The Fightback Fire is Being Lit Down Below

This article is not so much about the economy as it is about the jobs fight. But some overall points about the economy. You don't need to be told that the economy is bad for working people and getting worse for many. People are falling through the cracks in the system. Everybody heard last month that unemployment dropped from 9.4 to 9 percent and fortunately a lot of attention was paid to the fact that the drop was mainly due to 99ers (those who have run completely out of unemployment benefits), in particular, falling out of the system. Millions and millions of people are not counted anymore as looking for work and not counted in the unemployment figures.

Manufacturing and durable goods production figures were down again this month even as the pundits touted that the economy was picking up. Without a strong manufacturing and durable goods sector it's really impossible to have a recovery.
 
Total construction activity both private and commercial is down again and continuing the downward drift. We all know that the housing crisis bubble has not finished bursting.

Falsely blamed on the freedom movement in Egypt, oil prices are topping $100 a barrel. This will have a huge downward effect on the economy and particularly on working people.
 
And there are the continuing attacks and cuts in state and local budgets and federal programs. I would add that the ongoing discussion about doing away with Fannie Mae and Freddie Mac will certainly have a downward pull on the economy as fewer working class people will be able to afford housing. The government spending freeze and the wage freeze also have a very negative impact on the overall economy and on working people.

The jobs fight, the fight of the unemployed, and fight to defend public workers are all the same fight. The overall attack on workers and unions are all basically part of the same fight for jobs and for relief for people who are victims of the system.

The Good Jobs Green jobs conference in Washington DC, the Pennsylvania Progressive Summit and the Steelworkers Rapid Response conference conclusions all really confirm our estimate that the battle is shifting dramatically to local and state struggles.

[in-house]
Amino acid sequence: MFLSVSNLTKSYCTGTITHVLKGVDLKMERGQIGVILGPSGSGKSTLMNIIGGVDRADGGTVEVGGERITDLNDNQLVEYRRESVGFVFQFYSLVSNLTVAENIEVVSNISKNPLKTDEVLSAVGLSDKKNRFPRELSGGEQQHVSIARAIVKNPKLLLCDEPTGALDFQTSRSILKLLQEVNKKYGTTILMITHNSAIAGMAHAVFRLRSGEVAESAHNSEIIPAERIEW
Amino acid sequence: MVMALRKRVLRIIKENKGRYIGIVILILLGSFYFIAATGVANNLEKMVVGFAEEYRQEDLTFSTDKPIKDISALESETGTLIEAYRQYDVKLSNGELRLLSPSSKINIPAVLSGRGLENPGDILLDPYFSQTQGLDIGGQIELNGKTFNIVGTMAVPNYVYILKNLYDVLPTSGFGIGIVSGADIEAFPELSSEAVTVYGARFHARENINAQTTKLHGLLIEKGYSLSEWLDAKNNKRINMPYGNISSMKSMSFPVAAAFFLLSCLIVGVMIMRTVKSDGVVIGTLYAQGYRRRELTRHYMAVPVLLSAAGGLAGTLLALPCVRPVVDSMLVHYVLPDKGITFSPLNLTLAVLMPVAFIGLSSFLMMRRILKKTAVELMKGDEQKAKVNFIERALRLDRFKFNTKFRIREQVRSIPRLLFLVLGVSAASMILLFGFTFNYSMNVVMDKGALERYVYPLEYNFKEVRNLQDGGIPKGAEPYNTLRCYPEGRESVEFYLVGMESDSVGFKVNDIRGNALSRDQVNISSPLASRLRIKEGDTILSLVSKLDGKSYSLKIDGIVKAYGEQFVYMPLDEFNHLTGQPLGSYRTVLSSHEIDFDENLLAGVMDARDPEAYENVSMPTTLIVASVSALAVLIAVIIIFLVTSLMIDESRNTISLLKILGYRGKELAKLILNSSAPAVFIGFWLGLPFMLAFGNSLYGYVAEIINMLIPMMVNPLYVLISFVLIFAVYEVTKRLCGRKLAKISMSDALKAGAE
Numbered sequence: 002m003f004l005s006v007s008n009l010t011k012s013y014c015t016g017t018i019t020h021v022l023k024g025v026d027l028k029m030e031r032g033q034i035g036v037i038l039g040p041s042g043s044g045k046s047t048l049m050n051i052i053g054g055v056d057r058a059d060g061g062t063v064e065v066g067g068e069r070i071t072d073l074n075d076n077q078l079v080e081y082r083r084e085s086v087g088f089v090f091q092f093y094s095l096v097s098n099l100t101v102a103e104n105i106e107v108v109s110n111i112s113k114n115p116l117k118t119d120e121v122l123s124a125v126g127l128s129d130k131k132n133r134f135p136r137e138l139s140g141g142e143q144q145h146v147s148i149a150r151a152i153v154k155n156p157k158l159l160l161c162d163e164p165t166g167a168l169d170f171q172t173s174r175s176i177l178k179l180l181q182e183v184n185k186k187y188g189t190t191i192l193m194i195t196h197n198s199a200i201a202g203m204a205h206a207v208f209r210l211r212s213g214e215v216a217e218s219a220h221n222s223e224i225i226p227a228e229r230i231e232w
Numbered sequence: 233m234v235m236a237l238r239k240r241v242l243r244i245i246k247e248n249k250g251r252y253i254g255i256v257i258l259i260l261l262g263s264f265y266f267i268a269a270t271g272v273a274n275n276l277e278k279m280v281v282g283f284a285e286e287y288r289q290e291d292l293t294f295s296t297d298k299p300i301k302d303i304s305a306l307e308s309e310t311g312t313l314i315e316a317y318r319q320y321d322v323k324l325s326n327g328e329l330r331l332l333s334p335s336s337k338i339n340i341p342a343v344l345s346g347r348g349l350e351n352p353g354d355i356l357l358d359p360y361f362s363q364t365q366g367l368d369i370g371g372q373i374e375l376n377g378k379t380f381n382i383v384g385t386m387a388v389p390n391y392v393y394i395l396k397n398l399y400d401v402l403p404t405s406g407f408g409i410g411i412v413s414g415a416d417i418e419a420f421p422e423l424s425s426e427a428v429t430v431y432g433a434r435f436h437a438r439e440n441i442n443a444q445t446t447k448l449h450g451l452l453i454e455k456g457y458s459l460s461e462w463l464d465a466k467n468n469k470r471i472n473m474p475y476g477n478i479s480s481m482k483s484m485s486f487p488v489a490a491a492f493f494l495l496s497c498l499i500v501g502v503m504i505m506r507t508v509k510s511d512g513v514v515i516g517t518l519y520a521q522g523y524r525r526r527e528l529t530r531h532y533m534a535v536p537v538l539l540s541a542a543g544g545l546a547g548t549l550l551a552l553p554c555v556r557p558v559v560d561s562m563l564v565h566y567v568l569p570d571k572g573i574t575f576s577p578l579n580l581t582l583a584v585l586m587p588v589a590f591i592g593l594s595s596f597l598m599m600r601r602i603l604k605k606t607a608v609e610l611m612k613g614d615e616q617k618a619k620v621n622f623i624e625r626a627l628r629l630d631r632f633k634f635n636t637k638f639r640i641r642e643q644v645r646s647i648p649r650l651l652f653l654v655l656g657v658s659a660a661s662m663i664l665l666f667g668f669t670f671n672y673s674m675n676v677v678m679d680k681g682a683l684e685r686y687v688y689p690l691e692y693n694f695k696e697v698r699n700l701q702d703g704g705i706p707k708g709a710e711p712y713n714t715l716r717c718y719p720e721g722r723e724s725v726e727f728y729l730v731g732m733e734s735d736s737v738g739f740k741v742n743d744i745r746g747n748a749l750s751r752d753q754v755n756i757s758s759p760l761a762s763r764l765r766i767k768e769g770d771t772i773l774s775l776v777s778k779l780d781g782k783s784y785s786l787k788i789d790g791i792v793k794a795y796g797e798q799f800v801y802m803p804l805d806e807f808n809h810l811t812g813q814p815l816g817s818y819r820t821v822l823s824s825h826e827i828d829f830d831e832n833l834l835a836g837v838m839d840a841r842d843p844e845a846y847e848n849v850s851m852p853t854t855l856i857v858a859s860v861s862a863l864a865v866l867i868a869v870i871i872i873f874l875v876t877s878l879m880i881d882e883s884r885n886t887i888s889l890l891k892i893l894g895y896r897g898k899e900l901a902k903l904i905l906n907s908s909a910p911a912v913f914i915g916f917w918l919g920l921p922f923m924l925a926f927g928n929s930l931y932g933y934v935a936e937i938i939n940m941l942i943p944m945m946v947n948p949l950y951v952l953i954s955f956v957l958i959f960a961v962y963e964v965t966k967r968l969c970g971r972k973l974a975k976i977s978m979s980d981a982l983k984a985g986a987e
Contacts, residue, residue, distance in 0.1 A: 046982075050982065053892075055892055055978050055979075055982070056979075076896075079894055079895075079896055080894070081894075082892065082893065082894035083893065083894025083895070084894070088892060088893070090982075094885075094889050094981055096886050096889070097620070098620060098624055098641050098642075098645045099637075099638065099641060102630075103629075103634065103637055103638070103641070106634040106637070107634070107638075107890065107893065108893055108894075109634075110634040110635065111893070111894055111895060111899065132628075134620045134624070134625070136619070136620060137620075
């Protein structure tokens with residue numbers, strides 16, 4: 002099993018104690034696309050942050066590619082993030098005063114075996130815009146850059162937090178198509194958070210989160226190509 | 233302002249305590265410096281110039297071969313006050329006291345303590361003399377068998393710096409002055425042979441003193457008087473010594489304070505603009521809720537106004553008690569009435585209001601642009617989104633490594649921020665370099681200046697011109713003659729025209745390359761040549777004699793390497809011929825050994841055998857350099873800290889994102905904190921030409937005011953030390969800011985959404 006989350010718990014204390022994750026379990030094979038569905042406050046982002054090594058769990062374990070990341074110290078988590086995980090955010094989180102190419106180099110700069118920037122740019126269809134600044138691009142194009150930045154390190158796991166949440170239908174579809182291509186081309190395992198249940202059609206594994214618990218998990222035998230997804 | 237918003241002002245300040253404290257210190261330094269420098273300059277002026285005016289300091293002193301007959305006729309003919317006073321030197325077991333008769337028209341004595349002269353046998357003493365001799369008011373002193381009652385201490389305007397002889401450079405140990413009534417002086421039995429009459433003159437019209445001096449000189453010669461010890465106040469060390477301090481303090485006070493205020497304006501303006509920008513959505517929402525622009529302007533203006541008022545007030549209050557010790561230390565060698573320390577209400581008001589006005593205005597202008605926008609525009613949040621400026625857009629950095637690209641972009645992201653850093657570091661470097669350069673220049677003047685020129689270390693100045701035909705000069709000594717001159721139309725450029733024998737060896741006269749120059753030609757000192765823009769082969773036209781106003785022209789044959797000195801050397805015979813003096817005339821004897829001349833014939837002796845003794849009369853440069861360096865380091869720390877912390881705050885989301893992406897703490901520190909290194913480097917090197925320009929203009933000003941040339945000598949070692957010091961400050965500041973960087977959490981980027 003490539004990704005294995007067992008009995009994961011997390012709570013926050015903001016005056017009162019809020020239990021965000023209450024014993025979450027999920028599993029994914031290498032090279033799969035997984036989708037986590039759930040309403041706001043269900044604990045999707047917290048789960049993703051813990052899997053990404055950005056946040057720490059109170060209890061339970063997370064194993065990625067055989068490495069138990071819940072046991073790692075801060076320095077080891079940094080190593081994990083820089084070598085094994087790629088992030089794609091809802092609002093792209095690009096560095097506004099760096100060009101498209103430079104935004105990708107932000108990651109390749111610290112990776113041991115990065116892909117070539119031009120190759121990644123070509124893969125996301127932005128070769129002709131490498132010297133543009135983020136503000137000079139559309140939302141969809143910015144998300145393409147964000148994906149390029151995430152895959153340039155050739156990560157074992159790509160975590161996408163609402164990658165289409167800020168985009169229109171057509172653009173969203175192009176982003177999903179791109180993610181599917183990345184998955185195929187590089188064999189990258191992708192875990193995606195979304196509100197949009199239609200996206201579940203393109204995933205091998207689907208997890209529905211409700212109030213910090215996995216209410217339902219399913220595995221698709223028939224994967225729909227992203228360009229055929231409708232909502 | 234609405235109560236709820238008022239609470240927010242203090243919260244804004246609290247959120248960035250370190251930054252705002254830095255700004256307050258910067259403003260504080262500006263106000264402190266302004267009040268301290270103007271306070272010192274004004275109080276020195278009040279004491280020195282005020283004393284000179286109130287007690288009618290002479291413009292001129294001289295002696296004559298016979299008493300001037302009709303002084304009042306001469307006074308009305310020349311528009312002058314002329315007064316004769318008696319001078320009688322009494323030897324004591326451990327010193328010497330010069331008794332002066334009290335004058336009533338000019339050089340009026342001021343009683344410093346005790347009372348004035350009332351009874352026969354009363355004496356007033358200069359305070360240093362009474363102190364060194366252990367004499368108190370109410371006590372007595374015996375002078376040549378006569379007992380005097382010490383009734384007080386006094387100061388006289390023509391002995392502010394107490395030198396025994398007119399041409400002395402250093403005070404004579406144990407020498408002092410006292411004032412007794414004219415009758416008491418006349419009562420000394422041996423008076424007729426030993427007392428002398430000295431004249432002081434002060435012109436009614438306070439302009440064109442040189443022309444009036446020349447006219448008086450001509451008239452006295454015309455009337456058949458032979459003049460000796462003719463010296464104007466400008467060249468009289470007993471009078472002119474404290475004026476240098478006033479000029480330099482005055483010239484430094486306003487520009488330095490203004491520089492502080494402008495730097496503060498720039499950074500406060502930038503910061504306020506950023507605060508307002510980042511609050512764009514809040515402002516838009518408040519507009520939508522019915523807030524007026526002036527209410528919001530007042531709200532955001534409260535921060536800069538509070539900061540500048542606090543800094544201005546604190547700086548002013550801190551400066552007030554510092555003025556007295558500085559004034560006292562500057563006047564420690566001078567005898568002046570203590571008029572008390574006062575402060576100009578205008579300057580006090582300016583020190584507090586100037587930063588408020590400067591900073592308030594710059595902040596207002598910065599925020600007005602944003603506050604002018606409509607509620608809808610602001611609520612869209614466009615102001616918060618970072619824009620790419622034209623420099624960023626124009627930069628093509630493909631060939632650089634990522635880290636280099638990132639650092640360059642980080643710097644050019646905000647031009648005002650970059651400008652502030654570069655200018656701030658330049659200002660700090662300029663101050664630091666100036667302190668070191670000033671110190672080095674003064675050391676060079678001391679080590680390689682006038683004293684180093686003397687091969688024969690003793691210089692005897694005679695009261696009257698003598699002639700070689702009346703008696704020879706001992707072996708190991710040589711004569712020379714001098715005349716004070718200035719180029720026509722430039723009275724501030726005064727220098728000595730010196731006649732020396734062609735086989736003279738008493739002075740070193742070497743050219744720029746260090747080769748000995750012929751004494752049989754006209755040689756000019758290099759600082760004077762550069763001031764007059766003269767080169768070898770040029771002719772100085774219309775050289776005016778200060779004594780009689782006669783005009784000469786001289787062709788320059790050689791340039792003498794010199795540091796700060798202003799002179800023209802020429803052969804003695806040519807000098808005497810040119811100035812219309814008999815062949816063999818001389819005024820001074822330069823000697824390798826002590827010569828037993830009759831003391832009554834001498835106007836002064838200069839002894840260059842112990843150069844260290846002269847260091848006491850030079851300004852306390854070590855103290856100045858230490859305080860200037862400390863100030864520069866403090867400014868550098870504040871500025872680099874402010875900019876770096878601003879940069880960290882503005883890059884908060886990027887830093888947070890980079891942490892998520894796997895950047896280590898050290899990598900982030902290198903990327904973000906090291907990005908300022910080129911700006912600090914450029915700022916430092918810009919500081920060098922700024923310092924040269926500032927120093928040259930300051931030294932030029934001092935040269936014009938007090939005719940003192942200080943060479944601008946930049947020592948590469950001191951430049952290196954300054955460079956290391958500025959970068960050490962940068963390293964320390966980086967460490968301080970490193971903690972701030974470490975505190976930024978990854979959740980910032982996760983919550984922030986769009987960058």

At the state level the attack is even more drastic than many realize without having a full survey of state and local anti-labor actions. An incredible array of anti-labor, anti-immigrant and racist and anti-women legislation is being proposed is state legislatures by the Republican right wing. Just to mention a few.

Right-to-work laws are pending in Alaska, Hawaii, Indiana, Maine, Michigan, Minnesota, Missouri, New Hampshire, Pennsylvania, Montana, Ohio, and Wisconsin. The attack in Wisconsin is one of the most drastic attacks that you can imagine. It seeks to destroy public workers bargaining rights. The proposed law also mandates that public workers revote every year for their union representation.

"Paycheck deception" laws designed to take away the ability of unions to engage in political action are proposed in 17 states Arkansas, Arizona, California, Florida, Georgia, Indiana, Kansas, Michigan, Minnesota, Missouri, Mississippi, New Hampshire, New Mexico, South Carolina, Tennessee, Texas, and Wisconsin. Attacks on the building trades against project labor agreements are proposed in Alabama, Arizona, California, Delaware, Georgia, Iowa, Indiana, Idaho, Kentucky, Mississippi, Michigan, Mississippi, North Dakota, North Carolina, New Jersey, New Mexico, Ohio, Tennessee, Texas, West Virginia and Wyoming.

Attacks on public sector workers union rights and benefits are threatened in Florida, Georgia, Indiana, Louisiana, Michigan, Missouri, New Jersey, North Dakota, Pennsylvania, Utah, and Wisconsin. These include also attacks on education workers and bargaining rights for teachers.

And there is attack legislation against immigrants in 30 states: Alabama, Arizona, Arkansas, California, Colorado, Delaware, Florida, Georgia, Idaho, Indiana, Maryland, Mississippi, Michigan, Minnesota, Missouri, Montana.

Twenty-eight states are proposing legislation to preempt Card Check and the Employee Free Choice Act. And 25 states have filed suit against implementation of the healthcare act.

One conclusion we have to draw from this is that this is not just a spontaneous thing that's going on in different states. This is a highly coordinated attack on the working class and on unions and working people across this country. That is what's going on here. This is not simply a spontaneous happening because of the 2010 elections.

Big business, the Republicans (and some Democrats), and the far right saw the opportunity to launch this all-out attack on the working class. It's very important that we see it this way. This is the kind of battle that we're in. Every single one of these over 424 state laws worsens the economic situation. Every single one of them will lead to unemployment and more jobs loss. That's not even mentioning the horrible cuts that are coming also. Now of course there is fight back and it is an extremely fast-growing fight back. We really need to hear from all across our country, what are the fights going on, so we get a picture of how the working class is responding to this attack.